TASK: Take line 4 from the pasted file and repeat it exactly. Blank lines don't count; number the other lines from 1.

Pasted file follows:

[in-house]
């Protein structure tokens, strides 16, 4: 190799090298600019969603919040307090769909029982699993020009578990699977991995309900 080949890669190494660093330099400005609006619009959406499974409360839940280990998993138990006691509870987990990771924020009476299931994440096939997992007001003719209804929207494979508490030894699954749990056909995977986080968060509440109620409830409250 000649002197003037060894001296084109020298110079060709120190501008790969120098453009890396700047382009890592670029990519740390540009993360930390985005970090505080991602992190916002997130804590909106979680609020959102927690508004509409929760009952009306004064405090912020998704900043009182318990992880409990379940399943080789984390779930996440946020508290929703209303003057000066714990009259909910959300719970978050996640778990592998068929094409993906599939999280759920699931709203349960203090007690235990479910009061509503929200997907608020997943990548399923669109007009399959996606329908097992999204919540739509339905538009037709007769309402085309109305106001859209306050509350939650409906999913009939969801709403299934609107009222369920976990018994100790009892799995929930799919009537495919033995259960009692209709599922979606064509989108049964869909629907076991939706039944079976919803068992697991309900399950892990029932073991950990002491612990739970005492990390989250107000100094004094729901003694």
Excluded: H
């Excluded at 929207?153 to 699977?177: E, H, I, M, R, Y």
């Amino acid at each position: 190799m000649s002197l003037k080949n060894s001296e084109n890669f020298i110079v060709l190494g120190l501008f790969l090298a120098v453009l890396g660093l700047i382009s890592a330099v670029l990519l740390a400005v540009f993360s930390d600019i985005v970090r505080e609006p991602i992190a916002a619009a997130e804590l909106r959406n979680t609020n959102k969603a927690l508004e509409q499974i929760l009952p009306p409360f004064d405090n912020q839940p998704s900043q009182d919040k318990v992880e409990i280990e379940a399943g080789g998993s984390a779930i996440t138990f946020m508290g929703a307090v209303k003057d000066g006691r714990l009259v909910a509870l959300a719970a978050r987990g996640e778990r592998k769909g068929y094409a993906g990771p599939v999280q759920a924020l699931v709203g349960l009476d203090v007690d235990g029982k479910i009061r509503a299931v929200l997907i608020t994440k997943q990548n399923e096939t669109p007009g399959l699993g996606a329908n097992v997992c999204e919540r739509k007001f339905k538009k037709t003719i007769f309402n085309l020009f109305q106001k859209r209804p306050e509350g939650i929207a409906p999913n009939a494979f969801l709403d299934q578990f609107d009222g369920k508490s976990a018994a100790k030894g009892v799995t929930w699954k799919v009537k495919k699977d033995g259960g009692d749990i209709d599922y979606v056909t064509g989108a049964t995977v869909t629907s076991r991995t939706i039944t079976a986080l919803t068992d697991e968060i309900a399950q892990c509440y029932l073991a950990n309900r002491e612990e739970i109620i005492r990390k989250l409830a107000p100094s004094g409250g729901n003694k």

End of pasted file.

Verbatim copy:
């Excluded at 929207?153 to 699977?177: E, H, I, M, R, Y």